Eleven million years of arc volcanism at the Aucanquilcha Volcanic Cluster, northern Chilean Andes: implications for the life span and emplacement of plutons

@article{Grunder2006ElevenMY,
  title={Eleven million years of arc volcanism at the Aucanquilcha Volcanic Cluster, northern Chilean Andes: implications for the life span and emplacement of plutons},
  author={Anita L. Grunder and Erik W. Klemetti and Todd C. Feeley and Claire M. McKee},
  journal={Transactions of the Royal Society of Edinburgh: Earth Sciences},
  year={2006},
  volume={97},
  pages={415 - 436}
}
ABSTRACT The arid climate of the Altiplano has preserved a volcanic history of ∼11 million years at the Aucanquilcha Volcanic Cluster (AVC), northern Chile, which is built on thick continental crust. The AVC has a systematic temporal, spatial, compositional and mineralogical development shared by other long-lived volcanic complexes, indicating a common pattern in continental magmatism with implications for the development of underlying plutonic complexes, that in turn create batholiths. The AVC…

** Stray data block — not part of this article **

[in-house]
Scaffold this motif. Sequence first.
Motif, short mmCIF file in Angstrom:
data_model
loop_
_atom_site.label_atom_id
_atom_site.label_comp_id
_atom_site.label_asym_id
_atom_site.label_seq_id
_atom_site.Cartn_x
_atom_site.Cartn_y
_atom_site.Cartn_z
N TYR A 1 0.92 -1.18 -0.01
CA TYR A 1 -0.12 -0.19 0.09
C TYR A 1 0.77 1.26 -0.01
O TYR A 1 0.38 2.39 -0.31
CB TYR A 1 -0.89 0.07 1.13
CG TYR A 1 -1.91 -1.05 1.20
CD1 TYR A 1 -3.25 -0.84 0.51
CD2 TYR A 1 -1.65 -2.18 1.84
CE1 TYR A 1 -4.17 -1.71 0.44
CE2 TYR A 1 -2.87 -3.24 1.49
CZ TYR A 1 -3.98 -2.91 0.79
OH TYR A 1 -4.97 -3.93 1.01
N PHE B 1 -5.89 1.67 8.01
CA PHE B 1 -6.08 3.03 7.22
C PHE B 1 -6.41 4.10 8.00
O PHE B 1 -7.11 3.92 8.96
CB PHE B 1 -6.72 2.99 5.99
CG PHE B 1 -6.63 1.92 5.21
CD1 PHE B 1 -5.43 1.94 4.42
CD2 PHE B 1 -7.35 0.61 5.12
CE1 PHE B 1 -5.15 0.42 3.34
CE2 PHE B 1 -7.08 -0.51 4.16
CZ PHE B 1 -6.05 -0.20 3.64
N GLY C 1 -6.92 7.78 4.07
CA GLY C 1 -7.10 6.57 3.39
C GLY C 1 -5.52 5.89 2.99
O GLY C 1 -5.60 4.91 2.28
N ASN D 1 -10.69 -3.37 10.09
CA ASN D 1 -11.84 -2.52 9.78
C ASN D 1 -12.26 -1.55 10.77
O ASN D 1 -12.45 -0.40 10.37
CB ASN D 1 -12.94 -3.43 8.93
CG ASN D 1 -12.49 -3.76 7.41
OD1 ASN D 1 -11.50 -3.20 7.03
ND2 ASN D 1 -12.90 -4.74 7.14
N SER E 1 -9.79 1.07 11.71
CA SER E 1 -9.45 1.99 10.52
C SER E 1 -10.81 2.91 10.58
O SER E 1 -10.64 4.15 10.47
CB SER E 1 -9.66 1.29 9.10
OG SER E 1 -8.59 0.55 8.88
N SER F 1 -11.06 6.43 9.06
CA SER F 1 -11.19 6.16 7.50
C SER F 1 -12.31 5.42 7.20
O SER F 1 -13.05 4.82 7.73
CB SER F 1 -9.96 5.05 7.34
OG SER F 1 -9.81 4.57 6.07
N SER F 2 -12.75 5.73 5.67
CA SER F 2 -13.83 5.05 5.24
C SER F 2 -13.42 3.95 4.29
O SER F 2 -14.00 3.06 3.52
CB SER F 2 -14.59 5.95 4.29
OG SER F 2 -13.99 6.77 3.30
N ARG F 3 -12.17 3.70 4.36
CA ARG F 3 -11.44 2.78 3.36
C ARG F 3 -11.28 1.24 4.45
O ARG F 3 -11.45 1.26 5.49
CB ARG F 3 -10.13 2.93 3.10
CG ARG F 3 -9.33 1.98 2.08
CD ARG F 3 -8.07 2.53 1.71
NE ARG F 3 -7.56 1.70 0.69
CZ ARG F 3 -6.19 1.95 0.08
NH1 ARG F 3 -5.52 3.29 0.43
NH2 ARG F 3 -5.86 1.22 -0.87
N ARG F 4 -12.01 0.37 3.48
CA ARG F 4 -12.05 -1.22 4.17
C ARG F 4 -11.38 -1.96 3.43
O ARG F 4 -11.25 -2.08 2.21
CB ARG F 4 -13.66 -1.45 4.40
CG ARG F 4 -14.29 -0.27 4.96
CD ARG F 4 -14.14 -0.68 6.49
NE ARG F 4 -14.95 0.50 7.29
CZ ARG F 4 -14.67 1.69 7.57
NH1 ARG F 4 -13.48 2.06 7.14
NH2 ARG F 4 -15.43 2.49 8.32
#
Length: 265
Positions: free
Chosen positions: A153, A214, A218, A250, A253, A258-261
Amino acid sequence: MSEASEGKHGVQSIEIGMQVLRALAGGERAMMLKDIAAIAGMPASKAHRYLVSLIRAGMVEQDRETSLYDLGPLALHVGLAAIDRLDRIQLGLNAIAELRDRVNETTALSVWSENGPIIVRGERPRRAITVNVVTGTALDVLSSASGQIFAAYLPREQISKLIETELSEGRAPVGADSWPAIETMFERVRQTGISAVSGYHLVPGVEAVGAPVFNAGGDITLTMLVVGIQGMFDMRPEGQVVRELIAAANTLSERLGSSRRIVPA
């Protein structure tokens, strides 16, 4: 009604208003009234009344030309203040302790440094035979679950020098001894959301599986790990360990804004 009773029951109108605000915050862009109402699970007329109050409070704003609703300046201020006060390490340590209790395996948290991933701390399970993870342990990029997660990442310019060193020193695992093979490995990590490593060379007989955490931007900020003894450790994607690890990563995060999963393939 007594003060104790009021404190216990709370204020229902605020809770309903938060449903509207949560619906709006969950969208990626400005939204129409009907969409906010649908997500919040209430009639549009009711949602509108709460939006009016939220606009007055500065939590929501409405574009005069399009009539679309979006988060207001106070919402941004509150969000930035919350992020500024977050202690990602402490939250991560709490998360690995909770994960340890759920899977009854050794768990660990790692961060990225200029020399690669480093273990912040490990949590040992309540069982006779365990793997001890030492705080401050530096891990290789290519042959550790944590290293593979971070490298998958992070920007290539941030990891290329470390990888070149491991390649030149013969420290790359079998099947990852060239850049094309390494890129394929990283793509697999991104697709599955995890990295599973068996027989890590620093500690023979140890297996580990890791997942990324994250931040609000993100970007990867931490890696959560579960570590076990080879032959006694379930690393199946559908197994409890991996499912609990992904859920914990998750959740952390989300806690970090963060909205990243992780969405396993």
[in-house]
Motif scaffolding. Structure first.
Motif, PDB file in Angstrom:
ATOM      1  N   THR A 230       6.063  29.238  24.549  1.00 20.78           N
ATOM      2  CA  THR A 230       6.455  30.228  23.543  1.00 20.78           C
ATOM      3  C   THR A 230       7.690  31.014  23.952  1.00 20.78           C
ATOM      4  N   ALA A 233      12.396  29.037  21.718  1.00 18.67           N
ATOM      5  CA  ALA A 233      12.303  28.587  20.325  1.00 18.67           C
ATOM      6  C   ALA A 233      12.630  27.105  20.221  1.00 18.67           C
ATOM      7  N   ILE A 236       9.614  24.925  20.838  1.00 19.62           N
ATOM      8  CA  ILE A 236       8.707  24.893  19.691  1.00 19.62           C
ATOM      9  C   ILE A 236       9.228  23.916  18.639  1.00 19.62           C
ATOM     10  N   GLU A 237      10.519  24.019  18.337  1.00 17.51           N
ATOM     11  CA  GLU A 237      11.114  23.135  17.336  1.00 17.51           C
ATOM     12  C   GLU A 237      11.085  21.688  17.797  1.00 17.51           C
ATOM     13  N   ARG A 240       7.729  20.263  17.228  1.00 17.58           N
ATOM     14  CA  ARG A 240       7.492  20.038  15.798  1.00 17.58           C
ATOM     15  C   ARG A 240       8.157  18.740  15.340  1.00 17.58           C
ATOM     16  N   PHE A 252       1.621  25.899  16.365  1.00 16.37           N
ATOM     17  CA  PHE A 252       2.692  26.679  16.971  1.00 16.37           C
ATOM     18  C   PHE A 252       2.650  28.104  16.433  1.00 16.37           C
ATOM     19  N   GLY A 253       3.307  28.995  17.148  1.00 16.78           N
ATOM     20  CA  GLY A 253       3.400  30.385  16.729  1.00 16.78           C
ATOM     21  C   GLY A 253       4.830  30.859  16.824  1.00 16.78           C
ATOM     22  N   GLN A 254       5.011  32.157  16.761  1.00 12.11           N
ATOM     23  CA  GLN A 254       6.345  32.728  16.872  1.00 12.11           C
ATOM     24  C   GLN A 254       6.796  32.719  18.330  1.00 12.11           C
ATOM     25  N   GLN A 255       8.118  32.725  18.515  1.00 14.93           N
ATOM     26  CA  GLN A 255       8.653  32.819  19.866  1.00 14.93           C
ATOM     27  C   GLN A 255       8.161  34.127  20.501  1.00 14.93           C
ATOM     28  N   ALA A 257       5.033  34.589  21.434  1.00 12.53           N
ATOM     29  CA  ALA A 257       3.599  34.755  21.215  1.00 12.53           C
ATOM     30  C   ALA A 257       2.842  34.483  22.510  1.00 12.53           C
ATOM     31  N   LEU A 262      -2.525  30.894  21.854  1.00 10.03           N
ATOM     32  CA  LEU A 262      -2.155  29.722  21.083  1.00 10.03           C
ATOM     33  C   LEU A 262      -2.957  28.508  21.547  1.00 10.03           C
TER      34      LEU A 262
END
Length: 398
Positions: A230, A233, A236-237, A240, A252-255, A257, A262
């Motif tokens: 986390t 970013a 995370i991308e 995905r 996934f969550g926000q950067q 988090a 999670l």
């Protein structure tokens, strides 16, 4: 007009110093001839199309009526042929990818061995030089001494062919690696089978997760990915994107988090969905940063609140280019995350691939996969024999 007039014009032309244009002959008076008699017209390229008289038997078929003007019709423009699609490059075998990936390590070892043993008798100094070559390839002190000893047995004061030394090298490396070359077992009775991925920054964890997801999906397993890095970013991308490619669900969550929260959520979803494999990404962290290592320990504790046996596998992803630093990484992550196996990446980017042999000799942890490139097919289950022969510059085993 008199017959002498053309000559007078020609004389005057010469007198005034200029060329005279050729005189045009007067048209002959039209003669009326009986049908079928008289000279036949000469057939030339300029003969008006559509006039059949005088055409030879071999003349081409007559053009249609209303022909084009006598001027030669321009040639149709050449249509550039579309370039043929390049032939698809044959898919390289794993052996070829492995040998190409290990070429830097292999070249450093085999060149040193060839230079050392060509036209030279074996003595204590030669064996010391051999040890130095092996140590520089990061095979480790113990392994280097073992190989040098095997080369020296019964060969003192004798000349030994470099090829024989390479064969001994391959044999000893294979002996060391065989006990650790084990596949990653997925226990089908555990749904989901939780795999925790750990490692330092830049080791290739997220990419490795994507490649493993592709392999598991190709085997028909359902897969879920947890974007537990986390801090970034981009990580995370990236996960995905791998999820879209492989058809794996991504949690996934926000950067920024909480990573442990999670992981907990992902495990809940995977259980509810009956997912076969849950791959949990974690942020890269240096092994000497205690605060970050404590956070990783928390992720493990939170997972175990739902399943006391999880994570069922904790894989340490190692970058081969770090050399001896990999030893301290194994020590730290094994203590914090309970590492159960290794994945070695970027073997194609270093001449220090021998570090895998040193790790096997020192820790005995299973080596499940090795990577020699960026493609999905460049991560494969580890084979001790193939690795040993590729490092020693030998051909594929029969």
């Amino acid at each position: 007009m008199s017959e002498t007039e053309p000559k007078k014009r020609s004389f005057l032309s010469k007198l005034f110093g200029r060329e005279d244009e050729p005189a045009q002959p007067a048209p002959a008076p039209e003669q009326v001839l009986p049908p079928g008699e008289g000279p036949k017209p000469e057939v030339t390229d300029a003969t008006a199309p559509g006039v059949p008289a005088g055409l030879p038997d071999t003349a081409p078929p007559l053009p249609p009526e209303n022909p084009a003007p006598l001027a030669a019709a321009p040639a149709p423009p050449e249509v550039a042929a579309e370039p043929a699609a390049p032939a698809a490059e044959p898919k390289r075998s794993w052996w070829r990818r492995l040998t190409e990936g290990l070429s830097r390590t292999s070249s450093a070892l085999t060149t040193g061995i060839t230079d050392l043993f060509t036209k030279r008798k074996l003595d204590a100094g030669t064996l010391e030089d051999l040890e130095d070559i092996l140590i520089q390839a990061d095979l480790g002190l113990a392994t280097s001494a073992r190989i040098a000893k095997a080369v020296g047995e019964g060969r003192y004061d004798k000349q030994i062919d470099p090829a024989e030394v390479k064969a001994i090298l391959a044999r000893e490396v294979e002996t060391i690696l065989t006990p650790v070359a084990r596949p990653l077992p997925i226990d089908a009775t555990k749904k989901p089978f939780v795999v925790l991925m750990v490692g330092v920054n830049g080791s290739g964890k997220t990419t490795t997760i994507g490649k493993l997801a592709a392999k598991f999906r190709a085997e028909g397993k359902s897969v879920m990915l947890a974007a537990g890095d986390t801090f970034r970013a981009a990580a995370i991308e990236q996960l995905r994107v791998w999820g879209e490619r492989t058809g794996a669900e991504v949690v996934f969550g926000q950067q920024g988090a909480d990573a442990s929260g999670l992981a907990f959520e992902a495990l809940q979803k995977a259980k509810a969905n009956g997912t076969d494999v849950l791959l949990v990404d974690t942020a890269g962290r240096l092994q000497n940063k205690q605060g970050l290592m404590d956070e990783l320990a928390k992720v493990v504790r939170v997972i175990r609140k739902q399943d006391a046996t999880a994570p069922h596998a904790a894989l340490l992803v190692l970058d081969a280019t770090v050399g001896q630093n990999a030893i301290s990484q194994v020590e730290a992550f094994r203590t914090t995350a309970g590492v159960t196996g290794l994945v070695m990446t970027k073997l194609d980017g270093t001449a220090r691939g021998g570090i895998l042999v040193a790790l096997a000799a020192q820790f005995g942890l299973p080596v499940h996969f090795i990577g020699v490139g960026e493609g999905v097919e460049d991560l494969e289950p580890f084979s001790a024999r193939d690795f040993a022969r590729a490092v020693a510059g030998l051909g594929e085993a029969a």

The Volcanic Evolution of Cerro Uturuncu: A High-K, Composite Volcano in the Back-Arc of the Central Andes of SW Bolivia
Cerro Uturuncu, southwest Bolivia, is a high-K, calc-alkaline, composite volcano constructed upon extremely thick continental crust approximately 125 km behind the arc-front of the Andean Central
Crystal reaming during the assembly, maturation, and waning of an eleven-million-year crustal magma cycle: thermobarometry of the Aucanquilcha Volcanic Cluster